The large impairment charge of over $1 billion dollars in 2011 makes us believe that over optimism of Whitehall was not an isolated event. The Company paid $180 million cash and 22 million common A shares for Parliament Group in March 2008. We believe that with the guidance of Mr. Tariko and new management, events like these will not continue indefinitely.
The Company's ability to meet its maturity payments in 2016 is a sizeable function of share price. Conceptually, if the Company can create operating profit greater than or equal to the debt, then the Company will continue as a going concern. In this scenario, there is residual value to the shareholder. If the Company is unable to meet its debt payments, assets will be liquidated. There are other cases as well, such as the Company not hitting the mark, but still refinancing, or only selling off a division. In our worst, base, and best cases, CEDC will be able to create enough room to cover its debt by 2016.
In December 2009 the Russian government stated that it would like to reduce alcohol consumption by 70% by year 2020. This is quite bearish news for the company, but it is difficult to take at face value. All the marks of cutting alcohol consumption to this point have failed. In a BBC article, President Mcdevdev said he wanted to reduce consumption by 25% by 2012, which has not occurred. In Putins "national plan;" his first phase of cutting consumption by 15% per capita has not been achieved. In part two of Putin's plan, he desires to eliminate the illegal market, and reduce consumption by 55%. We are speculative about the intentions of the Russian government. Do they want to eliminate the illegal market as a way of bringing in more tax dollars or create a healthier environment? In reality, it is probably a combination of both. We believe the crack-down on black market sales will help counteract decrease in consumption.
There is currently a class action lawsuit due to CEDC overstating revenue by approximately $40 million in Russian Alcohol group. The June 1, 2012 8K states that, "as a result of the preliminary findings of that review, which is ongoing, senior company management determined that the company's reported net sales in the years ended December 31, 2010 and 2011 failed to reflect the timely reporting of the full amount of retroactive trade rebates provided to RAG's customers in Russia." It is improbable that the lawsuit will have a material effect on share price.
To value CEDC, we chose to use a free cash flow to the firm model [FCFF]. FCFF is simply the amount of cash flows a firm generates that are available to security holders. The equation we used is: FCFF = Net Income - Non-cash charges + After-tax interest expense - CAPEX - Change in Working Capital. We used a two-period model with a projected five year excess growth period and a long-term period which we will refer to as terminal value. We then discounted the projected cash flows back to present time using the weighted-average-cost-of-capital [WACC] and summed them. To arrive at a per share value, we added back current assets, then subtracted current and long-term liabilities from the sum of FCFF. Dividing this number by total shares outstanding provided a true value per share.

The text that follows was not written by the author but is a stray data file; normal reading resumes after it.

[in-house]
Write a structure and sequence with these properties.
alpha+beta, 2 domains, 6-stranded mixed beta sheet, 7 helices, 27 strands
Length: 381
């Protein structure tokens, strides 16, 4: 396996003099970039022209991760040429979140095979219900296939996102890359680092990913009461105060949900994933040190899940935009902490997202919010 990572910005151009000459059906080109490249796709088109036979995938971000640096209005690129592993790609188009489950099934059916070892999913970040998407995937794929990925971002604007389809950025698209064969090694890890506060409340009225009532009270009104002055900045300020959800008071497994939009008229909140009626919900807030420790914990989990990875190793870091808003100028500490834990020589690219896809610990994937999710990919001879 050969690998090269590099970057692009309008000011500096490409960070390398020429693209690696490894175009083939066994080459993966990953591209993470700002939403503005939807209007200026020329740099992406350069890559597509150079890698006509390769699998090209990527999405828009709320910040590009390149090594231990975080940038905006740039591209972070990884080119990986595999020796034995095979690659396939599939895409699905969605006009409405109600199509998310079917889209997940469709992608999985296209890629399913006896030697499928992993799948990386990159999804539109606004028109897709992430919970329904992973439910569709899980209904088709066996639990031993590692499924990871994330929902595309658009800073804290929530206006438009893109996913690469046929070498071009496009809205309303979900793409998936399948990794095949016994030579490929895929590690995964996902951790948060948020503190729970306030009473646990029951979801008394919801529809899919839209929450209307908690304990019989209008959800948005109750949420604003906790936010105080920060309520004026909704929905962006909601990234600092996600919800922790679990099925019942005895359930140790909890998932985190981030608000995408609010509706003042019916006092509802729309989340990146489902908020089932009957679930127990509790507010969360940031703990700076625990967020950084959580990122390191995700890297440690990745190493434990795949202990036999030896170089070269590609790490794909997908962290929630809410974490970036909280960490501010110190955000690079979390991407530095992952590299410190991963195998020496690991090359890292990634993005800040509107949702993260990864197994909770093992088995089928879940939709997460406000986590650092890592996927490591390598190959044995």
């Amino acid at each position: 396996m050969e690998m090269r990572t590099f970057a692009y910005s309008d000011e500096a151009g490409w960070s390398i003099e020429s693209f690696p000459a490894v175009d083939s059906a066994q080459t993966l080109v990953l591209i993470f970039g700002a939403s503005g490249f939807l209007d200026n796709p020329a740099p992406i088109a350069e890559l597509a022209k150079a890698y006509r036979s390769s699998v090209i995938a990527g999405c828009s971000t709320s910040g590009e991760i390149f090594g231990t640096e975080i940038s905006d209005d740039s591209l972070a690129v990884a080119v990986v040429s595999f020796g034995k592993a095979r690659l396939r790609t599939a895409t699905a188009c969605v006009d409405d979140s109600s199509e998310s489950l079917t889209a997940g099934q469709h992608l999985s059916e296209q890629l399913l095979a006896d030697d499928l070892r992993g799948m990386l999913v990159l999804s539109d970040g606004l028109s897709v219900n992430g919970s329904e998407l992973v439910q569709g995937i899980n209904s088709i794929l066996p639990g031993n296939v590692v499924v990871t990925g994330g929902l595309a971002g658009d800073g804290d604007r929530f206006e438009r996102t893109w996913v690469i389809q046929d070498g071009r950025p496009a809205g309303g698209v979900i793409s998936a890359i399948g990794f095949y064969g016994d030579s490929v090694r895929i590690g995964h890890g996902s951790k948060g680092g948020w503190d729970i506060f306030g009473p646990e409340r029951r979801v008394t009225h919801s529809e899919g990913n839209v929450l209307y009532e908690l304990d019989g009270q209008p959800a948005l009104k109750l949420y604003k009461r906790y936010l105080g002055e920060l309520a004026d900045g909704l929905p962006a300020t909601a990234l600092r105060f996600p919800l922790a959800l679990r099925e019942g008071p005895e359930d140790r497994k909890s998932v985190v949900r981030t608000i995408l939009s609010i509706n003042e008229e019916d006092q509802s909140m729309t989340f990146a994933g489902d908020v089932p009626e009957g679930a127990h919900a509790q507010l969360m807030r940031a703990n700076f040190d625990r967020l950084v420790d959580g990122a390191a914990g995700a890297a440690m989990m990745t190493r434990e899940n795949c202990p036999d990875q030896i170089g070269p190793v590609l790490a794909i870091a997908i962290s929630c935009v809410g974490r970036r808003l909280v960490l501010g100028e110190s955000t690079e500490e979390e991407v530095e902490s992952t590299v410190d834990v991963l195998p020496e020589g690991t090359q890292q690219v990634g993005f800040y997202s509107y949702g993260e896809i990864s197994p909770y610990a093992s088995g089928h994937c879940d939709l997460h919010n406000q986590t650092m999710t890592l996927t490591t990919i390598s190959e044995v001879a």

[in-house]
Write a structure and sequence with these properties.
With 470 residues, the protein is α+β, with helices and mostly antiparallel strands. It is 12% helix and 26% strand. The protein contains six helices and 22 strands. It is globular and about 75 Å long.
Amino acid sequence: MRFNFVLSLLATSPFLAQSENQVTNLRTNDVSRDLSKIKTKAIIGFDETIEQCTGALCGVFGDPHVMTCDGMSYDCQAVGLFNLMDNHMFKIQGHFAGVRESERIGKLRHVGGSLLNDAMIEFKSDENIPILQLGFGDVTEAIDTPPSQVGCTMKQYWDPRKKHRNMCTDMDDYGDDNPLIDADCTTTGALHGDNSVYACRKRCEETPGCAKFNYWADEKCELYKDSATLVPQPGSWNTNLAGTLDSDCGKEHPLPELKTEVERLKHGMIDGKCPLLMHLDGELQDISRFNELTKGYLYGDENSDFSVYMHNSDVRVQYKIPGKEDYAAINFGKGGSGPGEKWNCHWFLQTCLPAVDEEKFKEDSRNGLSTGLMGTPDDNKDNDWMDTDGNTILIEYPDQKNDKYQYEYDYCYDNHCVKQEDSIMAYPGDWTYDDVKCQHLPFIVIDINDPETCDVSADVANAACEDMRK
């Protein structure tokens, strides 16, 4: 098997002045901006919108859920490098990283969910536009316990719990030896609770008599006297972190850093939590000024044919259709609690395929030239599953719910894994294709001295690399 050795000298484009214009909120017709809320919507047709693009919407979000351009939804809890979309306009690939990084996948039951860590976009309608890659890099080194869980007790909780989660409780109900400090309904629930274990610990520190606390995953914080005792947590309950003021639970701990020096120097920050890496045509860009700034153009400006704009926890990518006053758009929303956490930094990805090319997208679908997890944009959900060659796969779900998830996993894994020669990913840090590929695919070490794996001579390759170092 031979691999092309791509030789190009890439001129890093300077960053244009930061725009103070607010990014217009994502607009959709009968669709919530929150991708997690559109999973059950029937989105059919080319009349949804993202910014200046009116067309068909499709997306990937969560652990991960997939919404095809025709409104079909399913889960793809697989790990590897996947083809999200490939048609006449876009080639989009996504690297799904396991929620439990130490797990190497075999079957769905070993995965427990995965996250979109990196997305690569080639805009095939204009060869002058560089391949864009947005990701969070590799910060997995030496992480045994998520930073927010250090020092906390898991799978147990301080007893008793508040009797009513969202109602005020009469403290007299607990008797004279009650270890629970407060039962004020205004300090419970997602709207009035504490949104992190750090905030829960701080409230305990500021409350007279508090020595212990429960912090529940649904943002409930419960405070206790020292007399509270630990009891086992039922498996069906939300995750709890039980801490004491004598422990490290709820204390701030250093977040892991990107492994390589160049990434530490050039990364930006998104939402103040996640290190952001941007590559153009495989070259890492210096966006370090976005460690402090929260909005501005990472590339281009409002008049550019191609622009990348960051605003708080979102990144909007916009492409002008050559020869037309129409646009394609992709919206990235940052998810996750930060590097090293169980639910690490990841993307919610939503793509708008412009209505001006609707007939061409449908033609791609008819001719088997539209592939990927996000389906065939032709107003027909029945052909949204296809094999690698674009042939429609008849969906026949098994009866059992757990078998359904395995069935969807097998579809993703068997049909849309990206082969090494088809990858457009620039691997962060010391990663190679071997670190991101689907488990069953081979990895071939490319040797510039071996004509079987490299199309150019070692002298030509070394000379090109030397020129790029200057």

- Risk free rate: 6.49% for 10-year T-bond (rates are at historic lows so as a conservative measure we took the average from 2002-201; this will increase the discount rate)
- Risk Premium: 5.79% average over T-bond (this was taken from Damodarian)
- Tax rate: 21% blended rate taken from most recent 10Q (Q1 2012)
- Shares outstanding: 88,842,022 (accounted for the 10 million shares to be issued in accordance with the "Amended Securities Purchase Agreement")
- The 10 million shares that will be issued could keep the share price stagnant for a short period due to the increased float size
WACC is the cost of equity and debt weighted to the Company's capital structure. Cost of equity was estimated using CAPM. To calculate beta of equity, the percentage monthly returns for CEDC were regressed against the S&P 500 over the period of 2002 - 2012 to get a beta of 1.85. This date range was chosen because it matches the range used for the risk-free rate, accounts for periods of growth for CEDC, and also encompasses the recent downfall in share price. Therefore, the cost of equity came out to be 17.21%.
Since the Company's debt structure has changed significantly, the cost of debt was more difficult to determine. The "New Debt Deal", which was implemented on July 9, 2012, has been included into the calculations. First, we laid out the Company's debt, which is all due in 2016. Interest was assumed to be paid on an annual basis. Cost of debt was calculated as a function of face value [FV] weight rate to maturity, weighted rate to maturity, and weighted interest payments. This came out to 8.1% for 2012 and 6.42% after-tax for 2012.
D/V and E/V were calculated using market values [MV]. MV of debt was found by using weighted interest rates, interest payments, and maturity. MV of debt and equity for 2012 equal $1.17 billion and $266 million, respectively. Therefore, D/V and E/V equal 81% and 19%, respectively. WACC is 8.42% for the beginning of 2012. Since this model assumes a five-year excess growth period, all WACC and subsequent calculations were recalculated on a rolling year-over-year basis.
Interest Expense Forecast
CEDC has taken on significant amounts of new debt as a part of their ongoing overhaul of operations. They currently have six bonds outstanding due in 2016 which will be a burden when the principal payment is due. As a part of the deal with Roust Trading, large amounts of debt have either been issued or changed. The "New Debt Deal" matures in 2016 with interest to be paid in new shares of common stock through 2015. The "Rollover" and "Backstop" notes interest will also be paid in new issues of common stock through 2014 and 2013, respectively. The following table outlines all current debt on CEDC's books.